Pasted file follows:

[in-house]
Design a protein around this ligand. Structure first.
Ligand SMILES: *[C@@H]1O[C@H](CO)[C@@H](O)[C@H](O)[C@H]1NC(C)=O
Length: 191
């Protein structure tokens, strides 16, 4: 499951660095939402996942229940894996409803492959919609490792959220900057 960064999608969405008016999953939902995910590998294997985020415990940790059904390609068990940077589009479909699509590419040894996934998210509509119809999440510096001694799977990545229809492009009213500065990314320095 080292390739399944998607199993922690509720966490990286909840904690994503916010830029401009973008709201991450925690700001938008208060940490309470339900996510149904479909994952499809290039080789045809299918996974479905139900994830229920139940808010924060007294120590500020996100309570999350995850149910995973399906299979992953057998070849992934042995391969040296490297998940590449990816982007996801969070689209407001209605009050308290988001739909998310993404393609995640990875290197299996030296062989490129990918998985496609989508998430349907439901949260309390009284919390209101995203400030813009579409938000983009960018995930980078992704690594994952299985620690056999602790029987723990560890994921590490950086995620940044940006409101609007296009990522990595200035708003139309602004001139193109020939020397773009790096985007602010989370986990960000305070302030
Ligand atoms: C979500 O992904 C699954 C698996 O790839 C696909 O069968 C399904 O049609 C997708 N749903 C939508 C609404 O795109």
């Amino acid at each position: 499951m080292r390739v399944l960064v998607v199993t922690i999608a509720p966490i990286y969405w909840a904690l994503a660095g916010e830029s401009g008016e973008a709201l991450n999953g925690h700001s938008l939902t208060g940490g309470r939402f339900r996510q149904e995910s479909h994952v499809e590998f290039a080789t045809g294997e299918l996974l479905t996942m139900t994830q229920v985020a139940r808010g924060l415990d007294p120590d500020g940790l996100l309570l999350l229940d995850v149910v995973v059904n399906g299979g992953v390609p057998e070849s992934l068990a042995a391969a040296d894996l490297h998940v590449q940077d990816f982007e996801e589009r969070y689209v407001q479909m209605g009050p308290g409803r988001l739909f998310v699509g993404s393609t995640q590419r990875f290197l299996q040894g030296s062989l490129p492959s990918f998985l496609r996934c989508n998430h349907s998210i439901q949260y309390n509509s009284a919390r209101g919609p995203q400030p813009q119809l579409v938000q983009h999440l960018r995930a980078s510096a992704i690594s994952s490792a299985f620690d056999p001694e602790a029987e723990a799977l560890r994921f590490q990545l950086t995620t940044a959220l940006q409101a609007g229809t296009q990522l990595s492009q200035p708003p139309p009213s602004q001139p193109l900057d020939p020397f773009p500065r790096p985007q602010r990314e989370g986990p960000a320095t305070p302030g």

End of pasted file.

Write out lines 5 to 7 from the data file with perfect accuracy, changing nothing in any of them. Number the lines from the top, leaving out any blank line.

């Protein structure tokens, strides 16, 4: 499951660095939402996942229940894996409803492959919609490792959220900057 960064999608969405008016999953939902995910590998294997985020415990940790059904390609068990940077589009479909699509590419040894996934998210509509119809999440510096001694799977990545229809492009009213500065990314320095 080292390739399944998607199993922690509720966490990286909840904690994503916010830029401009973008709201991450925690700001938008208060940490309470339900996510149904479909994952499809290039080789045809299918996974479905139900994830229920139940808010924060007294120590500020996100309570999350995850149910995973399906299979992953057998070849992934042995391969040296490297998940590449990816982007996801969070689209407001209605009050308290988001739909998310993404393609995640990875290197299996030296062989490129990918998985496609989508998430349907439901949260309390009284919390209101995203400030813009579409938000983009960018995930980078992704690594994952299985620690056999602790029987723990560890994921590490950086995620940044940006409101609007296009990522990595200035708003139309602004001139193109020939020397773009790096985007602010989370986990960000305070302030
Ligand atoms: C979500 O992904 C699954 C698996 O790839 C696909 O069968 C399904 O049609 C997708 N749903 C939508 C609404 O795109």
């Amino acid at each position: 499951m080292r390739v399944l960064v998607v199993t922690i999608a509720p966490i990286y969405w909840a904690l994503a660095g916010e830029s401009g008016e973008a709201l991450n999953g925690h700001s938008l939902t208060g940490g309470r939402f339900r996510q149904e995910s479909h994952v499809e590998f290039a080789t045809g294997e299918l996974l479905t996942m139900t994830q229920v985020a139940r808010g924060l415990d007294p120590d500020g940790l996100l309570l999350l229940d995850v149910v995973v059904n399906g299979g992953v390609p057998e070849s992934l068990a042995a391969a040296d894996l490297h998940v590449q940077d990816f982007e996801e589009r969070y689209v407001q479909m209605g009050p308290g409803r988001l739909f998310v699509g993404s393609t995640q590419r990875f290197l299996q040894g030296s062989l490129p492959s990918f998985l496609r996934c989508n998430h349907s998210i439901q949260y309390n509509s009284a919390r209101g919609p995203q400030p813009q119809l579409v938000q983009h999440l960018r995930a980078s510096a992704i690594s994952s490792a299985f620690d056999p001694e602790a029987e723990a799977l560890r994921f590490q990545l950086t995620t940044a959220l940006q409101a609007g229809t296009q990522l990595s492009q200035p708003p139309p009213s602004q001139p193109l900057d020939p020397f773009p500065r790096p985007q602010r990314e989370g986990p960000a320095t305070p302030g």